Wichitans face 44 square miles of ‘food deserts’ in low-income areas

10/07/2013 4:30 PM

10/07/2013 8:46 PM

Wichita has 44 square miles of food deserts – low-income areas where residents have little to no access to healthy foods such as fruits and vegetables, a study presented Monday by the Health & Wellness Coalition of Wichita showed.

In an urban area, a food desert is defined as an area more than one mile from a full-service grocery store. Here, those areas are concentrated in south, central, north and parts of west Wichita.

Three-quarters of retail food stores carried common items such as canned vegetables, soda, whole milk and canned tuna. Less than a quarter of the stores carried items such as chicken thighs, lean beef and whole-wheat pasta.

The study said convenience stores make up 40 percent of food retailers, but less than half offer fresh fruit and only 9 percent sell fresh vegetables. And fresh produce may be more expensive there.

When residents in some of the lowest-income areas are able to buy things such as fresh bananas, they might have to pay four times more than residents in wealthier areas of the city.

For example, the study showed the average price of a pound of bananas was $1.99 at convenience stores, 52 cents at grocery stores, 50 cents at superstores and 67 cents at ethnic stores. The data was collected in January and February.

The coalition conducted the study “to see if healthy eating was accessible,” said coalition chairwoman Mim McKenzie. “We went out and wanted to know what is out there regarding our food system, retail only. This does not include any food pantries or farmers markets.”

The study looked at 277 stores. In addition to convenience stores, 23 percent were other retailers where consumers could buy some grocery products, such as a Walgreens; 20 percent were specialty and ethnic stores; 14 percent were grocery stores; and 3 percent were superstores.

Within each of the categories of stores, there was often a wide range of prices for fresh produce.

“Food becomes a complicated subject because it is not just about diversity, it is also about transportation, it is about social economics and how people are getting there (to the stores),” said Sedgwick County Commissioner Tim Norton.

“If you talk nutrition, how do you prepare the food? Can you even buy it? If you could afford to buy it, is there a place to buy it?” he said.

The study was prepared by Sharon Johnson-Hakim of the department of psychology at Wichita State University.

“The goal of the community food assessment was to look at resources that residents have for living and maintaining a healthy life,” Johnson-Hakim said. “A measure of that success is their access to healthy and affordable foods. I was struck by the price difference of foods and where they were found in the city. To me, the data is really a starting point. The survey was to find out what is out there and evaluate our community.”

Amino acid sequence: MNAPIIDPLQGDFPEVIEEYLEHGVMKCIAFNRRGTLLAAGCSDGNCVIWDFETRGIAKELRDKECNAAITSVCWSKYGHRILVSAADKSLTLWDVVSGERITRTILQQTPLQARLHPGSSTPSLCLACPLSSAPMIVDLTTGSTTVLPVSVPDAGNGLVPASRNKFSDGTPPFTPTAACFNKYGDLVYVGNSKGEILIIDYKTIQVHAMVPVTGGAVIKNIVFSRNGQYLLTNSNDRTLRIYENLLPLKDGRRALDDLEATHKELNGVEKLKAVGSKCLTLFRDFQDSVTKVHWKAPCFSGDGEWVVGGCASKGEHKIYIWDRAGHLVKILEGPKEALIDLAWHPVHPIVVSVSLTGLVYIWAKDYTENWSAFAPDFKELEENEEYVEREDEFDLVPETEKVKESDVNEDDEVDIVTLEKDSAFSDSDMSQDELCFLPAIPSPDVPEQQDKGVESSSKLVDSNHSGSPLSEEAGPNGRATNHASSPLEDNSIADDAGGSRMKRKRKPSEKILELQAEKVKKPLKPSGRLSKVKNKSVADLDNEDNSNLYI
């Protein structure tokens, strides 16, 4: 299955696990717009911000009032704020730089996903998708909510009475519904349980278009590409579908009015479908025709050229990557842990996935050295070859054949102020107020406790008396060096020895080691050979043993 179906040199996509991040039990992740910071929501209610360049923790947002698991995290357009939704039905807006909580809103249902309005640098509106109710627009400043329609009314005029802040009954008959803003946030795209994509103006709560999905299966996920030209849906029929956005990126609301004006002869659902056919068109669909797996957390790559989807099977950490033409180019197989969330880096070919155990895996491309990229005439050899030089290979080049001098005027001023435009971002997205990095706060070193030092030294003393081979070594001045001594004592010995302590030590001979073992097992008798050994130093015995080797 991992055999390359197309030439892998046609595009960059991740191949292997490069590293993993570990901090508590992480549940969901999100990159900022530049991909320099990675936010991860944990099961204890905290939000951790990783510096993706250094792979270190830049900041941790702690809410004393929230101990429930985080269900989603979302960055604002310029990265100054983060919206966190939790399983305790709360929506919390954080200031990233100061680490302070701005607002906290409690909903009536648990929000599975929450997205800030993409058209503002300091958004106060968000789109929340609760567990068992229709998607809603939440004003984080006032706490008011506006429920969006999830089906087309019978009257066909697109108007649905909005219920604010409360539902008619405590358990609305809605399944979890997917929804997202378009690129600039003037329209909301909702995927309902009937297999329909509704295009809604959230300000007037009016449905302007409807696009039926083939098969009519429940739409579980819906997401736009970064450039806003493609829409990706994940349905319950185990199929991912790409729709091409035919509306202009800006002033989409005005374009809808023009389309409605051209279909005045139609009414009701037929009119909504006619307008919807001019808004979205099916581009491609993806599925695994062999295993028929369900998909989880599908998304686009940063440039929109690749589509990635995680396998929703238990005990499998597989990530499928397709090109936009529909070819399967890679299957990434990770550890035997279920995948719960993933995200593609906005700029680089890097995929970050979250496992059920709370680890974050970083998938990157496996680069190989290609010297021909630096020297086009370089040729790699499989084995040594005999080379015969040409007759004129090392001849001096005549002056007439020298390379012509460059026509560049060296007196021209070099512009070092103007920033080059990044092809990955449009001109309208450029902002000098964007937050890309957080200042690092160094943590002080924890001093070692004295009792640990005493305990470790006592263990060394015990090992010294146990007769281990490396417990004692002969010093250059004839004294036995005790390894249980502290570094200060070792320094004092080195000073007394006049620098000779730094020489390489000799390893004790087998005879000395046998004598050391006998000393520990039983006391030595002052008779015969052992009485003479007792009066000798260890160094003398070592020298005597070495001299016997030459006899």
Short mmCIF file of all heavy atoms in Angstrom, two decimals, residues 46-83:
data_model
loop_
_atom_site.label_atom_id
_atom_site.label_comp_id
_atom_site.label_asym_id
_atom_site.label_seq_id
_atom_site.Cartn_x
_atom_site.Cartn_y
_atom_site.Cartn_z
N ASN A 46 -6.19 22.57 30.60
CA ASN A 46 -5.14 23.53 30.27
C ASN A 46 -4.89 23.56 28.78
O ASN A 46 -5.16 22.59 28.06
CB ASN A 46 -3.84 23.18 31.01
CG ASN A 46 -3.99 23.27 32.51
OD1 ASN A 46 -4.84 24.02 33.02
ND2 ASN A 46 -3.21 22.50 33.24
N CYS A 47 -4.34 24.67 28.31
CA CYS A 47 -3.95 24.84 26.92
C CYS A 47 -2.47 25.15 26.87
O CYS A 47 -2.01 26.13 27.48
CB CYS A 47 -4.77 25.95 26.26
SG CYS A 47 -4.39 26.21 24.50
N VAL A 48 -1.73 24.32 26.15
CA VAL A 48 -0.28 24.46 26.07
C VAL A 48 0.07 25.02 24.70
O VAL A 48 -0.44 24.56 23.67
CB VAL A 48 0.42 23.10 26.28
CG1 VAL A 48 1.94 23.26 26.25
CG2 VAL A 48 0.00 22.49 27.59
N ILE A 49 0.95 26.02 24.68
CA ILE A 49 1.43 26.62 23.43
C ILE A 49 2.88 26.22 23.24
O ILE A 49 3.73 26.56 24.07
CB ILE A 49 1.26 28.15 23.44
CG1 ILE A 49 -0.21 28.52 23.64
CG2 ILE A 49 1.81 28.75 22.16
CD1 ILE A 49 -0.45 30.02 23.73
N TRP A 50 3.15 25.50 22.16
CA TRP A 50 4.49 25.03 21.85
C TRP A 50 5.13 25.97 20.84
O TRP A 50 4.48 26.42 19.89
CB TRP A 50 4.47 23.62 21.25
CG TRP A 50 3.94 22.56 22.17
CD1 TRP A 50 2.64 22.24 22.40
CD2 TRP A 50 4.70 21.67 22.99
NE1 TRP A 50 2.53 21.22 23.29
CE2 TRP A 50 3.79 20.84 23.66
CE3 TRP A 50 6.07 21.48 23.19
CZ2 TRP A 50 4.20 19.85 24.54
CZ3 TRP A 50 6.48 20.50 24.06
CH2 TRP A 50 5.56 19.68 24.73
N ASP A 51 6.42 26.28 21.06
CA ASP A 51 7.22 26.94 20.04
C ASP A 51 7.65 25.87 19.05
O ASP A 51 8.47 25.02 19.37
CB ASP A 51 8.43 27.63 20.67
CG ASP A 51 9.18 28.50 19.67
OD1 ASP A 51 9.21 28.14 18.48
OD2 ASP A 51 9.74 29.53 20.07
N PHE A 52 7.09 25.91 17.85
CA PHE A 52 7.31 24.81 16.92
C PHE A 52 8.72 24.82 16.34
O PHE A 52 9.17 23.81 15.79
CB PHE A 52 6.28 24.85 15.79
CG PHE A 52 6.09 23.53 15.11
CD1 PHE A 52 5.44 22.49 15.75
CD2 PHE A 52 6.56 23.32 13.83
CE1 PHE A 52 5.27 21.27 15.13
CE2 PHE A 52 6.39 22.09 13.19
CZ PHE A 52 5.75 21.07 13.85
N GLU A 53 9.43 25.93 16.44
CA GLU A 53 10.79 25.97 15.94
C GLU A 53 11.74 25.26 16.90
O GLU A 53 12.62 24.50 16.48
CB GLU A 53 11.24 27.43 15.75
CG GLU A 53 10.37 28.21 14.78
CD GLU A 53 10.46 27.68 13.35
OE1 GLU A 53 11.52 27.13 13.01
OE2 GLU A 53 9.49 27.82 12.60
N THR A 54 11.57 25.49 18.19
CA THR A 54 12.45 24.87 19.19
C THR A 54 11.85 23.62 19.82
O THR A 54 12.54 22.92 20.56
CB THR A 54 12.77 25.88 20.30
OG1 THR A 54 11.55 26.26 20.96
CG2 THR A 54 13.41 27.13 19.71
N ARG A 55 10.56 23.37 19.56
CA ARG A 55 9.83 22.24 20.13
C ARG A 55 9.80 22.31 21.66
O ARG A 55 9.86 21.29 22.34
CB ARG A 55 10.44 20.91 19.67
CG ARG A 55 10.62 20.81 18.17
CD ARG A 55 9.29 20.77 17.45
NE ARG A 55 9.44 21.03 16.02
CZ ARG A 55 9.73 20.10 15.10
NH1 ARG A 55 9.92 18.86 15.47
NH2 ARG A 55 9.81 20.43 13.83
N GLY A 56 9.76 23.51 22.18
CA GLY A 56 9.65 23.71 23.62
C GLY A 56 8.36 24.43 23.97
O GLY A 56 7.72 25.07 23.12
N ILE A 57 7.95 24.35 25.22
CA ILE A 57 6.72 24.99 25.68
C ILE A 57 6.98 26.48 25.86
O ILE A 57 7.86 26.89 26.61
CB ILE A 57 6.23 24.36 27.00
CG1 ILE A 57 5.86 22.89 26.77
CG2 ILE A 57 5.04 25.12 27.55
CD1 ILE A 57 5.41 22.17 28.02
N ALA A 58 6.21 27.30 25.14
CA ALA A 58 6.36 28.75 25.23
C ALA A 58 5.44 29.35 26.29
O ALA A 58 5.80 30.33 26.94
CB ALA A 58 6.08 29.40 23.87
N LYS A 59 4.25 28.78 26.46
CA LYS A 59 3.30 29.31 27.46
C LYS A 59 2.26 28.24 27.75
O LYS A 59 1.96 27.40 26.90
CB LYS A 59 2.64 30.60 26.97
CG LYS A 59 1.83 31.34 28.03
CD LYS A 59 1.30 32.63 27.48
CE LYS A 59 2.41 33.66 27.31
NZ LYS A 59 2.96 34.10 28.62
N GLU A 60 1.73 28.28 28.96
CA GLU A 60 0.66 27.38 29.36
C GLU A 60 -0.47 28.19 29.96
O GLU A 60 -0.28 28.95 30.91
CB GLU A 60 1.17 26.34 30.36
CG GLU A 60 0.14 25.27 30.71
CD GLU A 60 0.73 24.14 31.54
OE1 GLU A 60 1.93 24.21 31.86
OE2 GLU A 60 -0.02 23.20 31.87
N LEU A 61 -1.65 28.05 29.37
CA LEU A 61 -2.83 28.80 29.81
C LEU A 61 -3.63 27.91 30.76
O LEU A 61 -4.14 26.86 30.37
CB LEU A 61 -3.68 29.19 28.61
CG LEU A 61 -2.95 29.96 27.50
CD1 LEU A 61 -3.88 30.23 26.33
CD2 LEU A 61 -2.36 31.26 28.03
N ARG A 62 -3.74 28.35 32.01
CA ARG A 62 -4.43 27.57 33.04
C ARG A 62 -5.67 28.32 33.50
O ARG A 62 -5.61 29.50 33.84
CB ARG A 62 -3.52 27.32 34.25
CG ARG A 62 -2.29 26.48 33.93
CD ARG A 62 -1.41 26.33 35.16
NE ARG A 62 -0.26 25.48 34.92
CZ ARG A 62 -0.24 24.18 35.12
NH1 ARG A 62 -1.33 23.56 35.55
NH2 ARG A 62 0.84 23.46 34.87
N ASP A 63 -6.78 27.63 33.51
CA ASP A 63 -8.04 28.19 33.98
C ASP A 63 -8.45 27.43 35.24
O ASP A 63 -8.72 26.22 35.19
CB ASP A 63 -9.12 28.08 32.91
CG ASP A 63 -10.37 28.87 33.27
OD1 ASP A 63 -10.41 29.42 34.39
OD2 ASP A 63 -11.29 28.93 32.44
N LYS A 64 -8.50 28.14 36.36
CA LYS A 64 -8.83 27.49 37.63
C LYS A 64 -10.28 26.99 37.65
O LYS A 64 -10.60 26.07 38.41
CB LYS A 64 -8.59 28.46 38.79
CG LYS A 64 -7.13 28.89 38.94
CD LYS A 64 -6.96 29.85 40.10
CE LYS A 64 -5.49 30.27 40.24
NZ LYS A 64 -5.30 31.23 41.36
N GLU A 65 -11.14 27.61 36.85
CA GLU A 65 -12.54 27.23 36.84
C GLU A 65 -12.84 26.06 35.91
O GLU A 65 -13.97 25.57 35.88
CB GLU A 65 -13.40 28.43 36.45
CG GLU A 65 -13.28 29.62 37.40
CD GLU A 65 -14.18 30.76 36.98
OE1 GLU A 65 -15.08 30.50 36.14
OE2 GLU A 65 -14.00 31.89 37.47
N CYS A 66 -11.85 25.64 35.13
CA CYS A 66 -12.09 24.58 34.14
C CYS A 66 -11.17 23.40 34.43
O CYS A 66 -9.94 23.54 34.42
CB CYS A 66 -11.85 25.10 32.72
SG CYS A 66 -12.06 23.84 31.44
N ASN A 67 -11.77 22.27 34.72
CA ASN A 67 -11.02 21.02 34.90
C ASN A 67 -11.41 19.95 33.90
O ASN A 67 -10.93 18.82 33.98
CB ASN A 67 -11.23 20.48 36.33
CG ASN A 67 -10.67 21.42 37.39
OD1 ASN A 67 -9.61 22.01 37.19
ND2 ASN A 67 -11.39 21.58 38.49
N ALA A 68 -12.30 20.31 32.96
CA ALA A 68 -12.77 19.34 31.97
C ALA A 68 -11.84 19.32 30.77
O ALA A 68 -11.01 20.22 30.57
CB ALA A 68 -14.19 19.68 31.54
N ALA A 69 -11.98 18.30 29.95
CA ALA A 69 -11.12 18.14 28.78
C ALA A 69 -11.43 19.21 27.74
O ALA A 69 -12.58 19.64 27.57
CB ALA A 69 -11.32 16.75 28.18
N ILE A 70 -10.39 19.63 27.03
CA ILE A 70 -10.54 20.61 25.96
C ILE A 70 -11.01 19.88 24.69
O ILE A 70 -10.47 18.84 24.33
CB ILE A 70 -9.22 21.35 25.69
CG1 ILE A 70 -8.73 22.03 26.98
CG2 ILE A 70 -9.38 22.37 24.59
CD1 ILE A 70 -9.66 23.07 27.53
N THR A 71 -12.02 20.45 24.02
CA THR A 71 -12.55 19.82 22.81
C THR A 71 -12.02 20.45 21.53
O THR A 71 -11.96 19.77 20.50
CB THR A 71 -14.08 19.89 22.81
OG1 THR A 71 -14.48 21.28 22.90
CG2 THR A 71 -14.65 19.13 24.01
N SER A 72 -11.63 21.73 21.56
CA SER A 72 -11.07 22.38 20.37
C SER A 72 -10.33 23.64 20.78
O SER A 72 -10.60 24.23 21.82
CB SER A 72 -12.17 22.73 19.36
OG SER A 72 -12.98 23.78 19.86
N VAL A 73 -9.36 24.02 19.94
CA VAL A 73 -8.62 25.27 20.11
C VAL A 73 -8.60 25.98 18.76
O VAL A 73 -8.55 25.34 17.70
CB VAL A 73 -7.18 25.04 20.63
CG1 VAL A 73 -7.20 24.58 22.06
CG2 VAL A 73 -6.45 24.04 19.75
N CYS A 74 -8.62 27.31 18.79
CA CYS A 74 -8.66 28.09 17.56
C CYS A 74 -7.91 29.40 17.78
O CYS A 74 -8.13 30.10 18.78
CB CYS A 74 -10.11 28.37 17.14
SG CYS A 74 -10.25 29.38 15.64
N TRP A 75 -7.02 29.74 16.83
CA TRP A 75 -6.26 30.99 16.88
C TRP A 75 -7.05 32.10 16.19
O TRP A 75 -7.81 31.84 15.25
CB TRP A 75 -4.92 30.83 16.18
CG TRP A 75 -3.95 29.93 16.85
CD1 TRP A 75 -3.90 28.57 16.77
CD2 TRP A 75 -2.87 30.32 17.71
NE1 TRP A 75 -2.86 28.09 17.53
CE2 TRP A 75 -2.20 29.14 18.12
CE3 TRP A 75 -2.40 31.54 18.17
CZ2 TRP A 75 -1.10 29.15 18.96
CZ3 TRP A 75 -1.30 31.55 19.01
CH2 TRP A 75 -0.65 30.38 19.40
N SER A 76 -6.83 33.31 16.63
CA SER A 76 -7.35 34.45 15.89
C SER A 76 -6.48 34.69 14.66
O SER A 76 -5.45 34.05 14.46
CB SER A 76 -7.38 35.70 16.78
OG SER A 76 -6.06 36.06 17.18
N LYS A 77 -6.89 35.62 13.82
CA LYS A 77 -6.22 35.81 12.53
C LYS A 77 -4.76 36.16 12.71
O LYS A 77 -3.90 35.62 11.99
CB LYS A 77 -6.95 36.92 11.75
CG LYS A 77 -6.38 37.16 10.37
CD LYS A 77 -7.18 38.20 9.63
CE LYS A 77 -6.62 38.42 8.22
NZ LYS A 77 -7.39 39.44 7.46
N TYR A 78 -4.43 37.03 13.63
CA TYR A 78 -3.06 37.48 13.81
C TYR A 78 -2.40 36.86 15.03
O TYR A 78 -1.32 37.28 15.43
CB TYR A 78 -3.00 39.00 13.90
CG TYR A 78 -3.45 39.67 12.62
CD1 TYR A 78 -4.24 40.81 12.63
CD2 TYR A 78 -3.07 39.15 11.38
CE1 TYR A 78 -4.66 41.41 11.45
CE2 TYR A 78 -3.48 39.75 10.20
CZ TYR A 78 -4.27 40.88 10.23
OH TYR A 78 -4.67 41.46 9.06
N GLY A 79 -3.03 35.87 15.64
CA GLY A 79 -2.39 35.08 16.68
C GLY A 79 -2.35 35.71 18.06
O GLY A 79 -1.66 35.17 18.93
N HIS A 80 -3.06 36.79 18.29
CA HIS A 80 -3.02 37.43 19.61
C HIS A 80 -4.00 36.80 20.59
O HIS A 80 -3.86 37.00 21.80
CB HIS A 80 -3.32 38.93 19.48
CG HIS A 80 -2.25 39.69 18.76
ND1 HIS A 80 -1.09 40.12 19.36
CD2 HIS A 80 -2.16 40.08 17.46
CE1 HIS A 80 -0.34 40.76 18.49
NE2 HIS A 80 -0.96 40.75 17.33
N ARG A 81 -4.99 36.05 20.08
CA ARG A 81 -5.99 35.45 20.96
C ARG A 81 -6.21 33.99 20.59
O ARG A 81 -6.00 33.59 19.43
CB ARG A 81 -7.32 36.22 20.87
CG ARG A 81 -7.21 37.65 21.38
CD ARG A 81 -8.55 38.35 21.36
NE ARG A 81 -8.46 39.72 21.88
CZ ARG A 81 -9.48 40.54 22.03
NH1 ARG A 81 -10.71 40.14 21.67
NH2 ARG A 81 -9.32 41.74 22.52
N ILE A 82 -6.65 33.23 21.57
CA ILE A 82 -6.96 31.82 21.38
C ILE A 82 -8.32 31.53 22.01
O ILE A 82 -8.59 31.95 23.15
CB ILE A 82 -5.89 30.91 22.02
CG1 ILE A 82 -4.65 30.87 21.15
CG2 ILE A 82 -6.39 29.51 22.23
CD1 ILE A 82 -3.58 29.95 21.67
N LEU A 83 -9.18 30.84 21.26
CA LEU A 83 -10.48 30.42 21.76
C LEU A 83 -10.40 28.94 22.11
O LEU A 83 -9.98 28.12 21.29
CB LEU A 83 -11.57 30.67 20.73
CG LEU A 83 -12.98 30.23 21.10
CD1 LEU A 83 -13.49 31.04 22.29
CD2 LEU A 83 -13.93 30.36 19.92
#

As Johnson-Hakim visited various stores, she said, she often engaged in conversation with the owners.

“They told about the different barriers they faced in stocking healthier foods like fresh fruit and vegetables,” she said. “One of the reasons convenience stores charge more is that they don’t sell as many bananas and have to cover the cost of loss. The data gives us a great picture of where we stand and opens the door for all the stakeholders – for not only the consumers but store owners, those who work in the stores and observe customer choices and policy makers.”

Norton said that some areas of Wichita have old grocery stores.

“But they are tired and old and very small. And they don’t carry full selections like a superstore, and why?” Norton said. “You can look at places like Douglas and Meridian where there is an old Dillons store that has been abandoned for a long time. And as I look at the map, that is a place where there is a food desert. The full-service grocery store has gone away, and now (those residents) are lacking and pushed out towards the suburbs to find anything.”

One solution might be to introduce food trucks into neighborhoods, said Claudia Blackburn, director of the Sedgwick County Health Department.

But if that were the case, said City Council member Lavonta Williams, “What do you want to change? We are probably going to be looking at a food policy regarding food trucks. Are the food trucks going to be bringing in fresh fruits and vegetables, or are they going to be bringing in all the other fast food that the community wants? We have to look and see how a policy can be involved. All over the country, (cities) are beginning to make policies about food trucks. Can we have some that have fresh fruits and vegetables?”

“Well, if they are all Hidden Valley trucks, everyone will love them,” Norton said as the 18 people who had gathered for the results of the study chuckled.

McKenzie said the group plans to start a grassroots campaign to help educate the public about the results of the study through neighborhood association and ministerial leagues.

“Our first step is to educate, refer to the report and then start a conversation,” she said.

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